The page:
Halifax Harbour Bridges Annual Report now available

December 1, 2021

The recently released Halifax Harbour Bridges 2020/21 annual report suggests the COVID 19 pandemic had a significant impact on both traffic volumes and corresponding toll revenues.

With the province under a state of emergency during the entire fiscal year ending March 31, 2021, measures such as travel bans, quarantines and the closure of non-essential services, meant fewer people were travelling – and taking the bridges.

Traffic volumes decreased in fiscal 2021 by 22.1% from the prior year representing 7,364,000 fewer crossings than a year earlier. The pandemic impact had the most severe impact on traffic and toll revenue in April 2020 when traffic was 55% lower than the prior year. Traffic volumes trended upwards during the remainder of the fiscal year, with March 2021 traffic volume at 90% of pre-pandemic levels.

With 100 per cent of revenues derived from tolls and fees based on traffic volumes, total revenue for HHB operations dropped by more than $6 million to $25.7 million, from $32.1 million in 2019/2020.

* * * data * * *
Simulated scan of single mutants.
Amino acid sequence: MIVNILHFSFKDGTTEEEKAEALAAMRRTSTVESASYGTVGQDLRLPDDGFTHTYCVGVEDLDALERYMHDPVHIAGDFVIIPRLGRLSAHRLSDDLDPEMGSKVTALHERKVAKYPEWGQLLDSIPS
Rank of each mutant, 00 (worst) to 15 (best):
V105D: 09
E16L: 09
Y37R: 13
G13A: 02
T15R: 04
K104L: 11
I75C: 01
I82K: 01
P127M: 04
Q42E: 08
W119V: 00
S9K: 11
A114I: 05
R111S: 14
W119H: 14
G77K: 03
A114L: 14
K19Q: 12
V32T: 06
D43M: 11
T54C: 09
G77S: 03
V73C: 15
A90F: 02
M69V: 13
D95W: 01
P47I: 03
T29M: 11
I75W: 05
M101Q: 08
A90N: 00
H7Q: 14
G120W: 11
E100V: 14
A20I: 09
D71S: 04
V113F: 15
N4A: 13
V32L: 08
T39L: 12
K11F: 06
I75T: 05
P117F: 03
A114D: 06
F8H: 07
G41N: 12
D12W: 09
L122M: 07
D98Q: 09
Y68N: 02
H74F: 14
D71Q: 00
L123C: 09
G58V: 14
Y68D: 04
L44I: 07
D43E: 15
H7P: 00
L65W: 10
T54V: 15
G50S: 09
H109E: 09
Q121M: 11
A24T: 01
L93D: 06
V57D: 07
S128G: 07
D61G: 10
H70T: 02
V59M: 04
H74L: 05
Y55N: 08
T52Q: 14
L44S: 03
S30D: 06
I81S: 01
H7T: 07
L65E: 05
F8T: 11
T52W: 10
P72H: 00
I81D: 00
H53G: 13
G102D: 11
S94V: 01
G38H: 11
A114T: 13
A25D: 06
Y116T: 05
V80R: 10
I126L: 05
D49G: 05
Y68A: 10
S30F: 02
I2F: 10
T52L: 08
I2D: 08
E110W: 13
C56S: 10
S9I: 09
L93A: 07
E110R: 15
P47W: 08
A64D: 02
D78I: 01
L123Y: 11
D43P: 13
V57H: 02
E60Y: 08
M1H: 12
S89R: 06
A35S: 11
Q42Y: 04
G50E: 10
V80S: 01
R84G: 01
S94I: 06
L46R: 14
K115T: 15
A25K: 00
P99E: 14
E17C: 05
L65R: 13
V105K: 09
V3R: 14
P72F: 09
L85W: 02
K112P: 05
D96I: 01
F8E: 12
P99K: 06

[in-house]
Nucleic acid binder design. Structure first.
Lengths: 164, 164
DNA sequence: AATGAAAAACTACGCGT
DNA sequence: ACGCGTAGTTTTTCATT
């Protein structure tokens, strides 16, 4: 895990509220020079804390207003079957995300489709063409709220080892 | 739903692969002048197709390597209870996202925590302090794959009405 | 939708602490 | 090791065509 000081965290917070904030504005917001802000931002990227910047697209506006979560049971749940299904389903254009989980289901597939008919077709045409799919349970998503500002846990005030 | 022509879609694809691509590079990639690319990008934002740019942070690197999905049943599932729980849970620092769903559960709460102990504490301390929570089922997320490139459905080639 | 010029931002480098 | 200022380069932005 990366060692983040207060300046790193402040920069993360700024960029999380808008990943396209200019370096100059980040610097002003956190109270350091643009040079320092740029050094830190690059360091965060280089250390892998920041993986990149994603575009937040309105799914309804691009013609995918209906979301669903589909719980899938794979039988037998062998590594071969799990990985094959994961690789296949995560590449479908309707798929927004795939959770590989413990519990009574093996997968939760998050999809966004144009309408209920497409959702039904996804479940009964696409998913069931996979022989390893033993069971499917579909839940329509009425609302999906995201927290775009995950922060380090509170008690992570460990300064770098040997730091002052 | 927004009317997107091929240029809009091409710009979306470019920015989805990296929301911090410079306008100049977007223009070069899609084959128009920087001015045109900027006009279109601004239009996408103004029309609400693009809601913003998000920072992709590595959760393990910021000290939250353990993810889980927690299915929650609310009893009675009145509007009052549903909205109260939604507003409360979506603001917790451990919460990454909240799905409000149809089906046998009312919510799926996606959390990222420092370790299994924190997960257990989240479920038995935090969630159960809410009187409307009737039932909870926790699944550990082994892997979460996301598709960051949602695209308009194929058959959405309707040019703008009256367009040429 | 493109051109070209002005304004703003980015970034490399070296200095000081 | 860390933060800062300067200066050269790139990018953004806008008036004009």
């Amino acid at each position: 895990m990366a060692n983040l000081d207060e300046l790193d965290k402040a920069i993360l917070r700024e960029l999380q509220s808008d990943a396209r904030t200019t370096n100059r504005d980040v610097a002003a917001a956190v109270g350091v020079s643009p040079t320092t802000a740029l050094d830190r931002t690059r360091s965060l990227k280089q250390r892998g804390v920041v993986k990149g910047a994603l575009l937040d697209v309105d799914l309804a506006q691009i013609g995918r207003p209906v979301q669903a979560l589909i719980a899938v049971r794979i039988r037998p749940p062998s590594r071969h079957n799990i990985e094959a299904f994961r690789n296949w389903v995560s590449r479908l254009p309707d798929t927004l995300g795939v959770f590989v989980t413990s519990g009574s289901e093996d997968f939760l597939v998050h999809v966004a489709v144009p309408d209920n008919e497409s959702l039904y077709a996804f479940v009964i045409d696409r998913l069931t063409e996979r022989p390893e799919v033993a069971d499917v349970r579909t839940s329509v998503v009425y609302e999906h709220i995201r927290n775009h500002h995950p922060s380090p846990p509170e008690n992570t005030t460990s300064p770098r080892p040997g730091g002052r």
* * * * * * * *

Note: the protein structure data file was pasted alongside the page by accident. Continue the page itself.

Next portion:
The report indicates the next several years will be critical for HHB as it focuses on the rehabilitation and maintenance of the two bridges as well as the renewal of the tolling system. In October 2021, the Nova Scotia Utility and Review Board approved the first toll increase in a decade. The increase will allow HHB to carry out $280 million in maintenance and repair over the next decade to ensure bridges are well maintained and operational for the safety and convenience of the travelling public.

The Annual report outlines in detail many of the projects completed during the fiscal year and points to some of the future works that need to be undertaken. You can read the full report and view financials here


2020 – 2021 CROSSINGS

Passenger vehicles               25.2 million

Commercial vehicles            1.01 million

2020- 2021 MACPASS usage

MACPASS                                 $20.7 million (78.7%)

Cash                                          $5.6 million (21.3%)